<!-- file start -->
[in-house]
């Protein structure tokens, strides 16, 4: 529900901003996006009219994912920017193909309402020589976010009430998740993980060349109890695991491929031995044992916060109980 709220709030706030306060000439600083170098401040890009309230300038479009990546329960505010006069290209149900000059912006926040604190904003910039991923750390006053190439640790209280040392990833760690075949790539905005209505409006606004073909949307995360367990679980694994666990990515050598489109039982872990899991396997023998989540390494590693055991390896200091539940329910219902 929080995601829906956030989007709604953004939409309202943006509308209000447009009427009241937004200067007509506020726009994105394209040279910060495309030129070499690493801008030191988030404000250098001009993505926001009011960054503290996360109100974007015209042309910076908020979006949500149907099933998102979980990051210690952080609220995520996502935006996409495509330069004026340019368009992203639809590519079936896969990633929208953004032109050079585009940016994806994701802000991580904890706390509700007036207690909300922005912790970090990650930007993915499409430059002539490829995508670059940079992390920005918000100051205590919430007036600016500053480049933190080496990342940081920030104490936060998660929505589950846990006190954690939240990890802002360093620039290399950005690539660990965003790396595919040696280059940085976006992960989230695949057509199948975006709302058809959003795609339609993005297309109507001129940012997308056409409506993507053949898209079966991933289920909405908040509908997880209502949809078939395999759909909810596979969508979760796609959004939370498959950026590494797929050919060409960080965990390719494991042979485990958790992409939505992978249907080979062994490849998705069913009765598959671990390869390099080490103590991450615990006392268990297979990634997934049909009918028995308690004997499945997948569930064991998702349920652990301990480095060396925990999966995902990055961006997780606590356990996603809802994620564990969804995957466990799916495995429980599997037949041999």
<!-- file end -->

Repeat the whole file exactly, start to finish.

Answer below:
[in-house]
């Protein structure tokens, strides 16, 4: 529900901003996006009219994912920017193909309402020589976010009430998740993980060349109890695991491929031995044992916060109980 709220709030706030306060000439600083170098401040890009309230300038479009990546329960505010006069290209149900000059912006926040604190904003910039991923750390006053190439640790209280040392990833760690075949790539905005209505409006606004073909949307995360367990679980694994666990990515050598489109039982872990899991396997023998989540390494590693055991390896200091539940329910219902 929080995601829906956030989007709604953004939409309202943006509308209000447009009427009241937004200067007509506020726009994105394209040279910060495309030129070499690493801008030191988030404000250098001009993505926001009011960054503290996360109100974007015209042309910076908020979006949500149907099933998102979980990051210690952080609220995520996502935006996409495509330069004026340019368009992203639809590519079936896969990633929208953004032109050079585009940016994806994701802000991580904890706390509700007036207690909300922005912790970090990650930007993915499409430059002539490829995508670059940079992390920005918000100051205590919430007036600016500053480049933190080496990342940081920030104490936060998660929505589950846990006190954690939240990890802002360093620039290399950005690539660990965003790396595919040696280059940085976006992960989230695949057509199948975006709302058809959003795609339609993005297309109507001129940012997308056409409506993507053949898209079966991933289920909405908040509908997880209502949809078939395999759909909810596979969508979760796609959004939370498959950026590494797929050919060409960080965990390719494991042979485990958790992409939505992978249907080979062994490849998705069913009765598959671990390869390099080490103590991450615990006392268990297979990634997934049909009918028995308690004997499945997948569930064991998702349920652990301990480095060396925990999966995902990055961006997780606590356990996603809802994620564990969804995957466990799916495995429980599997037949041999």